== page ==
Skip to Main Content

+

  • • Colorectal cancer second leading cause of cancer deaths (after lung)

    • Adenocarcinoma accounts for 95% of malignant colorectal tumors

    • Genetic predisposition in familial adenomatous polyposis and hereditary nonpolyposis colorectal cancer (HNPCC)

    • Conditions predisposing to colorectal cancer

    • -Ulcerative colitis

      -Crohn colitis

      -Schistosomal colitis

      -Exposure to radiation

      -Presence of ureterocolostomy

    • Possible dietary influences

    • -High caloric intake

      -High saturated fat intake

      -Decreased dietary calcium

      -Decreased fiber intake

    • Carcinogenesis multi-step process involving dysfunction of tumor suppressor genes, including APC, DCC, P53

    • Distribution of colorectal cancer

    • -25% right colon

      -10% transverse colon

      -15% left colon

      -20-50% rectosigmoid colon

    • Spreads through direct extension, hematogenously, lymph nodes, transperitoneal, intraluminal

    • Synchronous lesions occur in 3-5%

++

Epidemiology

+

  • • 156,000 cases diagnosed per year

    • 65,000 colorectal cancer deaths per year

    • Incidence increases with age

    • Colon cancer is more common in women than men

    • Rectal cancer is more common in men than women

    • Multiple synchronous colonic cancers found in 5% of patients

    • 5% lifetime risk

    • 6-8% occurs before age 40 years

++

Symptoms and Signs

+

  • • Symptoms depend on anatomic location and extent of lesion

    • Right colon lesions may become large before symptoms develop

    • -May cause occult bleeding, anemia

    • Left colon lesions often cause crampy abdominal pain

    • Large bowel obstruction ~ 10% cases

    • Fatigue, weakness, vague abdominal pain, abdominal mass (< 10%), anemia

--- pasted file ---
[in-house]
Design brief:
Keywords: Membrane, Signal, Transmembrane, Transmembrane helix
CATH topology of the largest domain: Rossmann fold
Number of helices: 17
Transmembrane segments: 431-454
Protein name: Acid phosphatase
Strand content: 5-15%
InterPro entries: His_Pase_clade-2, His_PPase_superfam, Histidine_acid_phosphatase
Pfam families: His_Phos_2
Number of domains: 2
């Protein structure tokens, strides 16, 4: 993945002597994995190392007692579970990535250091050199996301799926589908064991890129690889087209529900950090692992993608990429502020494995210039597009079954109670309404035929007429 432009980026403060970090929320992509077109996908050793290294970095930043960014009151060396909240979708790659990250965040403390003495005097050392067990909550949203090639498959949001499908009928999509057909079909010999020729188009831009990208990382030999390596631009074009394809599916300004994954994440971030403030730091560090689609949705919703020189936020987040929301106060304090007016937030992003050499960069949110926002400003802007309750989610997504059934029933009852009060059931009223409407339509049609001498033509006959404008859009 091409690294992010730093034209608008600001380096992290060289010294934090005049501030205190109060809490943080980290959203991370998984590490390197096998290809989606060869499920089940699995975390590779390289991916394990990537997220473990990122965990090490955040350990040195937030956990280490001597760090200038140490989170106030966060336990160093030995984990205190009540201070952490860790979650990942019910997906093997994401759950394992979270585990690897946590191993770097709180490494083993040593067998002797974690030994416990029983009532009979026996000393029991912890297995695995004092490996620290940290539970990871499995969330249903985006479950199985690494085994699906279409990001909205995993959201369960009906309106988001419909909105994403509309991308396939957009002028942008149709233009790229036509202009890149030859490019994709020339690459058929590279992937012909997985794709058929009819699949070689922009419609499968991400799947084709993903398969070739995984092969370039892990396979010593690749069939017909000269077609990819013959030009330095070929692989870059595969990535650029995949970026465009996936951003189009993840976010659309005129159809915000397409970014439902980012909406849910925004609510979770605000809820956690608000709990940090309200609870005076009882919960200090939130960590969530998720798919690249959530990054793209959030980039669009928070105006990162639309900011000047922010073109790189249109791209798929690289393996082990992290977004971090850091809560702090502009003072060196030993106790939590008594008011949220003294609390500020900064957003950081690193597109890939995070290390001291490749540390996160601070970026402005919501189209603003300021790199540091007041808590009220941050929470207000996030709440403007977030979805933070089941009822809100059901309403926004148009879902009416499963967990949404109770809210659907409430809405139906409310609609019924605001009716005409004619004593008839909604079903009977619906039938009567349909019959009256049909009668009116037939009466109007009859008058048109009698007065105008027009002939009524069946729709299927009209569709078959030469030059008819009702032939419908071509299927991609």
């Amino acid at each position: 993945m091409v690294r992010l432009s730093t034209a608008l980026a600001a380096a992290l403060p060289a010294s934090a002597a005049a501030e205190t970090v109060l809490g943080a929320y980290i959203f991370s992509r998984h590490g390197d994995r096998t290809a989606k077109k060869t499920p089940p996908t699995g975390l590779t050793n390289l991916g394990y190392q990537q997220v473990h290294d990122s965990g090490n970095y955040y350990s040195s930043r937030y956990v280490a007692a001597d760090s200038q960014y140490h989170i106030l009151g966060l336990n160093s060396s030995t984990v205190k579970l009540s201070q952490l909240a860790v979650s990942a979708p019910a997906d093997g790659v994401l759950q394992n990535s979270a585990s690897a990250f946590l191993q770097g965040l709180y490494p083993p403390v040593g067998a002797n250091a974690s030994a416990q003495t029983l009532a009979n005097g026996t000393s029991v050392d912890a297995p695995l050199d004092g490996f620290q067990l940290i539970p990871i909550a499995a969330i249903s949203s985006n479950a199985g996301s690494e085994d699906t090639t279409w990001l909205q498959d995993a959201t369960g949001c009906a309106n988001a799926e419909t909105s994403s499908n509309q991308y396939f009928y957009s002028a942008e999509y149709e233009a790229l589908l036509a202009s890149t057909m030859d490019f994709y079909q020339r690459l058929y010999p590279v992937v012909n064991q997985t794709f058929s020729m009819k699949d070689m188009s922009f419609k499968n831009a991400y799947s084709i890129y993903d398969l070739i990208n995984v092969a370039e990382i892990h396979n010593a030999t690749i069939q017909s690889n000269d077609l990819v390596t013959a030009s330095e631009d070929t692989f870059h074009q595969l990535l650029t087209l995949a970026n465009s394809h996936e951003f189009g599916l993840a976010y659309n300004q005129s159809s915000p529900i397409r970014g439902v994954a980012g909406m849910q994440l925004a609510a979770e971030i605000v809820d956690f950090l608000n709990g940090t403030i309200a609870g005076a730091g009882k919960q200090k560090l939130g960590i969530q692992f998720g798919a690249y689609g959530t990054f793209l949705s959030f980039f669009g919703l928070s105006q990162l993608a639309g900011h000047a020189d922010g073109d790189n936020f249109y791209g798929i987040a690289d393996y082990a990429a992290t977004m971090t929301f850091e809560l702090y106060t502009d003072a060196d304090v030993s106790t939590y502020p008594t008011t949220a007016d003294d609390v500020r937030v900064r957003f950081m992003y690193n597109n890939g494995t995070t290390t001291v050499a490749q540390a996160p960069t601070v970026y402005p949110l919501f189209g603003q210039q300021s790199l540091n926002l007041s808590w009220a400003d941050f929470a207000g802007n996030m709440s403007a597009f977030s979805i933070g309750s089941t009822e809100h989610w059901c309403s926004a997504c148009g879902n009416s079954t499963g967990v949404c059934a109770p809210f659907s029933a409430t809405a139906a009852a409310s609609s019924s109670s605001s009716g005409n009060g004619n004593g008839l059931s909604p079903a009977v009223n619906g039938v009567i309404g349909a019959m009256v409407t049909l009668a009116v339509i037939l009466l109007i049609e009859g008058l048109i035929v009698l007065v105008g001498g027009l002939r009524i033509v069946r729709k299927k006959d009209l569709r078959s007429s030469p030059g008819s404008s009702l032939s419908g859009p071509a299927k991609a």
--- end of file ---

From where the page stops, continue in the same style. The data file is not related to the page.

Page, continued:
• Constipation alternating with increased frequency of defecation

    • Dark or blood tinged stool

    • Change in stool caliber

    • Rectal cancers

    • -Hematochezia

      -Tenesmus

    • Physical exam findings may include abdominal mass, lymphadenopathy, rectal mass

++

Laboratory Findings

+

  • • Patients may have microcytic, hypochromic anemia

    • Positive occult blood on guiac stool test

    • Carcinoembryonic antigen (CEA) elevation (nonspecific, more useful for surveillance following resection), prompts additional imaging (CT scan)

    • Elevation of biochemical markers (nonspecific): CA 19-9, CA 72-4, plasma prolactin

++

Imaging Findings

+

  • • Contrast enema-filling defect, "apple core lesion"; constricted area or intraluminal mass

    Total colonoscopy: Should be performed to evaluate lesion and presence of synchronous lesions

+

  • • Ulcerative colitis

    • Crohn colitis

    • Ischemic colitis

    • Parasite infection, amebiasis

    • Diverticulitis

    • Diverticulosis

    • Appendicitis

    • Peptic ulcer disease

    • Other neoplasms of colon/rectum

    • -Lymphoma

      -Carcinoid

+

  • • Complete history (including family) and physical exam

    • Total colonoscopy with biopsy

    • Obtain plain abdominal x-ray and water-soluble contrast enema in patients with bowel obstruction

    • Once diagnosis is made, staging studies should be performed

    • -Chest x-ray

      -CT scan:Helpful to assess extramural extension or metastatic lesions

      -Liver function tests

    Endorectal US: Helpful for determining depth of invasion in rectal lesions

++

When to Admit

+

  • • Bowel obstruction/perforation

    • Hemodynamically significant lower GI bleeding

+

  • • Mainstay of management is surgical with good mechanical bowel prep

    • Lesion and regional lymphatic drainage basin need to ...

Want remote access to your institution's subscription?

Sign in to your MyAccess profile while you are actively authenticated on this site via your institution (you will be able to verify this by looking at the top right corner of the screen - if you see your institution's name, you are authenticated). Once logged in to your MyAccess profile, you will be able to access your institution's subscription for 90 days from any location. You must be logged in while authenticated at least once every 90 days to maintain this remote access.

Ok

About MyAccess

If your institution subscribes to this resource, and you don't have a MyAccess profile, please contact your library's reference desk for information on how to gain access to this resource from off-campus.

Subscription Options

AccessSurgery Full Site: One-Year Subscription

Connect to the full suite of AccessSurgery content and resources including more than 160 instructional videos, 16,000+ high-quality images, interactive board review, 20+ textbooks, and more.

$995 USD
Buy Now

Pay Per View: Timed Access to all of AccessSurgery

24 Hour Subscription $34.95

Buy Now

48 Hour Subscription $54.95

Buy Now

Pop-up div Successfully Displayed

This div only appears when the trigger link is hovered over. Otherwise it is hidden from view.